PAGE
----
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### Lecture 8 Pumping Lemma for Regular Languages

```Review of Basics of Proofs.

The Pumping Lemma is generally used to prove a language is not regular.

If a DFA, NFA or NFA-epsilon machine can be constructed to exactly accept
a language, then the language is a Regular Language.

If a regular expression can be constructed to exactly generate the
strings in a language, then the language is regular.

If a regular grammar can be constructed to exactly generate the
strings in a language, then the language is regular.

To prove a language is not regular requires a specific definition of
the language and the use of the Pumping Lemma for Regular Languages.

A note about proofs using the Pumping Lemma:

Given: Formal statements A and B.
A implies B.
If you can prove B is false, then you have proved A is false.

For the Pumping Lemma, the statement "A" is "L is a Regular Language",
The statement "B" is a statement from the Predicate Calculus.
(This is a plain text file that uses words for the upside down A that

Formal statement of the Pumping Lemma:

L is a Regular Language implies
(there exists n)(for all z)[z in L and |z|>=n implies
{(there exists u,v,w)(z = uvw and |uv|<=n and |v|>=1 and
i
(for all i>=0)(uv w is in L) )}]

The two commonest ways to use the Pumping Lemma to prove a language
is NOT regular are:

a) show that there is no possible n for the (there exists n),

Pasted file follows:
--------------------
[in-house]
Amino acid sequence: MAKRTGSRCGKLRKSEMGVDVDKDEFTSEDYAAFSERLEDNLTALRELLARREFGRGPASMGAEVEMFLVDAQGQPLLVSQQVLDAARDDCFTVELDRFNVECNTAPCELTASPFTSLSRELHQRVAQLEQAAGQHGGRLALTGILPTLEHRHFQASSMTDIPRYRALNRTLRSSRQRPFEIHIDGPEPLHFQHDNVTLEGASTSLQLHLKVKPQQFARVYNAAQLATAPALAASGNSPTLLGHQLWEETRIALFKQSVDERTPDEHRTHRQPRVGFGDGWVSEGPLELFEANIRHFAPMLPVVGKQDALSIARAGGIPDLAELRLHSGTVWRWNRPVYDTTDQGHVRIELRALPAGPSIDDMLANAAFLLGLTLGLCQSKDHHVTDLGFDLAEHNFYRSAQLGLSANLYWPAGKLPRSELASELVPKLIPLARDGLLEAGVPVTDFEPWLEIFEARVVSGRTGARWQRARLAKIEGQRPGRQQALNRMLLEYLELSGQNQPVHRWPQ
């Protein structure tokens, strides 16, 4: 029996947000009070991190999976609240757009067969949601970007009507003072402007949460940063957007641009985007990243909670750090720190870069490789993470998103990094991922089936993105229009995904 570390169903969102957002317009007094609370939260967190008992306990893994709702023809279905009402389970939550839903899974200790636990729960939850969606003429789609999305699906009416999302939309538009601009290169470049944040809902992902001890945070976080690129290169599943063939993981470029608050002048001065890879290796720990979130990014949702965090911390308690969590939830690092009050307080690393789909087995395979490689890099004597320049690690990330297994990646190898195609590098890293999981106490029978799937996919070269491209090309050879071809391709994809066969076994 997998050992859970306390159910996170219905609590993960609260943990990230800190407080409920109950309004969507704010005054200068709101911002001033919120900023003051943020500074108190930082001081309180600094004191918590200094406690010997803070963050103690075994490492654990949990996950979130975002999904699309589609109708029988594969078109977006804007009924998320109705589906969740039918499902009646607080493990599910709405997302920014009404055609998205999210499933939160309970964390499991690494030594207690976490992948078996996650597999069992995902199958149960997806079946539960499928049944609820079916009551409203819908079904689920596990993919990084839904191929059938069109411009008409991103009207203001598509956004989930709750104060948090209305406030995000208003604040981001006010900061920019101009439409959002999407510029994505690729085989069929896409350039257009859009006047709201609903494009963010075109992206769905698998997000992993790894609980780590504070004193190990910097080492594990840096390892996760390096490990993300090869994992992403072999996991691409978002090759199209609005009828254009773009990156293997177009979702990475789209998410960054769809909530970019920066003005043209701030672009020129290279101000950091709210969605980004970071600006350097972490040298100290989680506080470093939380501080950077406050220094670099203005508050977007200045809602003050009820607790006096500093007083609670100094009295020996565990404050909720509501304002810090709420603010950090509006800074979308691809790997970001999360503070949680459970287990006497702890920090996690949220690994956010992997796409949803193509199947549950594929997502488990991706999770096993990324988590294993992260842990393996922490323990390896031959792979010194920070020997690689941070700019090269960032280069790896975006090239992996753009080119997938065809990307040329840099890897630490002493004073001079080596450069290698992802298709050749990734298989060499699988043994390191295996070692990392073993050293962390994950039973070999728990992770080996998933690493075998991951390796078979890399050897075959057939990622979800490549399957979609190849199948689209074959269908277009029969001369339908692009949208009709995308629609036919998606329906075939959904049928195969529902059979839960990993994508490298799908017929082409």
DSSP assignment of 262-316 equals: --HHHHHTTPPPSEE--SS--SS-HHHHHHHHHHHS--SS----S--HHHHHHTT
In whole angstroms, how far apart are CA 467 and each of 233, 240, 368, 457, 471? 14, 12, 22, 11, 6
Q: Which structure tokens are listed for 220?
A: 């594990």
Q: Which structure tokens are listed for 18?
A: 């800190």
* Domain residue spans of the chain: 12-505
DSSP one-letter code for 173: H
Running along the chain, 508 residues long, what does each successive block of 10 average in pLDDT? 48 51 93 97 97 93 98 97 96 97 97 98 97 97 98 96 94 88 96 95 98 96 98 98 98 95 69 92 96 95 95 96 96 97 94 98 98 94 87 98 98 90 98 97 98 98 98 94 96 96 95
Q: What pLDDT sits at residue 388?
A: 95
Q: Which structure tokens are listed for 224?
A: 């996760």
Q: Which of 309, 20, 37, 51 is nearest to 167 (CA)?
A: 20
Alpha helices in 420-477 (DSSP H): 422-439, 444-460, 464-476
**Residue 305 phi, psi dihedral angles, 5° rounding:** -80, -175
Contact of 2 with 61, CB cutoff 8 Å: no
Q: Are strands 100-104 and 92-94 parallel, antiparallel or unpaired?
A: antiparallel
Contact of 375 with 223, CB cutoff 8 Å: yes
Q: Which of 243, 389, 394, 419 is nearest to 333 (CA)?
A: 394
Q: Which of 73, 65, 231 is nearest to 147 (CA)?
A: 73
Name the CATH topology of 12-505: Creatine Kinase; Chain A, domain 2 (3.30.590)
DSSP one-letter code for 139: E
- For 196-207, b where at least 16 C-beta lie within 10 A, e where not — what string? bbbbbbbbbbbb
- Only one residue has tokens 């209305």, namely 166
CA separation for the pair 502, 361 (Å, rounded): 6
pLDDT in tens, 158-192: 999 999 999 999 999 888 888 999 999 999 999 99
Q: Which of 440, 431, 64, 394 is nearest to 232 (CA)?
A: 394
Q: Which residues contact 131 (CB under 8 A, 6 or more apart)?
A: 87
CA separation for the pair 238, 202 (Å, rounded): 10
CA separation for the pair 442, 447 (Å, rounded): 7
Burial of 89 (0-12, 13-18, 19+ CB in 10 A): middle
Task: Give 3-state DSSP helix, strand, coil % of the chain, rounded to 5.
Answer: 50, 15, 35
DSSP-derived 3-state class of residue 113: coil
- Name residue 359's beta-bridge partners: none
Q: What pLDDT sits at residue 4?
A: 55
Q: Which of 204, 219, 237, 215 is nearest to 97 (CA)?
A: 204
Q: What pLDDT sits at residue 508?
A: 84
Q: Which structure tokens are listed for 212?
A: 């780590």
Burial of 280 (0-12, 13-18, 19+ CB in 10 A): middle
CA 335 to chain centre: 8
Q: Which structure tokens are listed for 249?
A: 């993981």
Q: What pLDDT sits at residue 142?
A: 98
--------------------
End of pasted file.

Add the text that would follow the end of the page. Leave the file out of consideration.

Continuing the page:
this is usually accomplished by showing a contradiction such
as  (n+1)(n+1) < n*n+n

b) show there is a way to partition z into u, v and w such that
i
uv w is not in L, typically by pumping a value i=0, i=1, or i=2.
i
Stop as soon as one uv w is not in the language,
thus, you have proved the language is not regular.

Note: The pumping lemma only applies to languages (sets of strings)
with infinite cardinality. A DFA can be constructed for any
finite set of strings. Use the regular expression to NFA 'union'
construction.
n   n
Notation: the string having n a's followed by  n b's is  a   b
which is reduced to one line by writing  a^n b^n

Languages that are not regular:
L = { a^n b^n  n>0 }
L = { a^f1(n) b^f2(n) n<c } for any non degenerate f1, f2.
L = { a^f(n)  n>0 } for any function f(n)< k*n+c for all constants k and c
L = { a^(n*n)  n>0 } also applies to n a prime(n log n), 2^n, n!
L = { a^n b^k  n>0 k>n } can not save count of a's to check b's k>n
L = { a^n b^k+n n>0 k>1 } same language as above

Languages that are regular:
L = { a^n  n>=0 } this is just  r = a*
L = { a^n b^k n>0 k>0 } no relation between n and k,  r = a a* b b*
L = { a^(37*n+511) n>0 } 511 states in series, 37 states in loop

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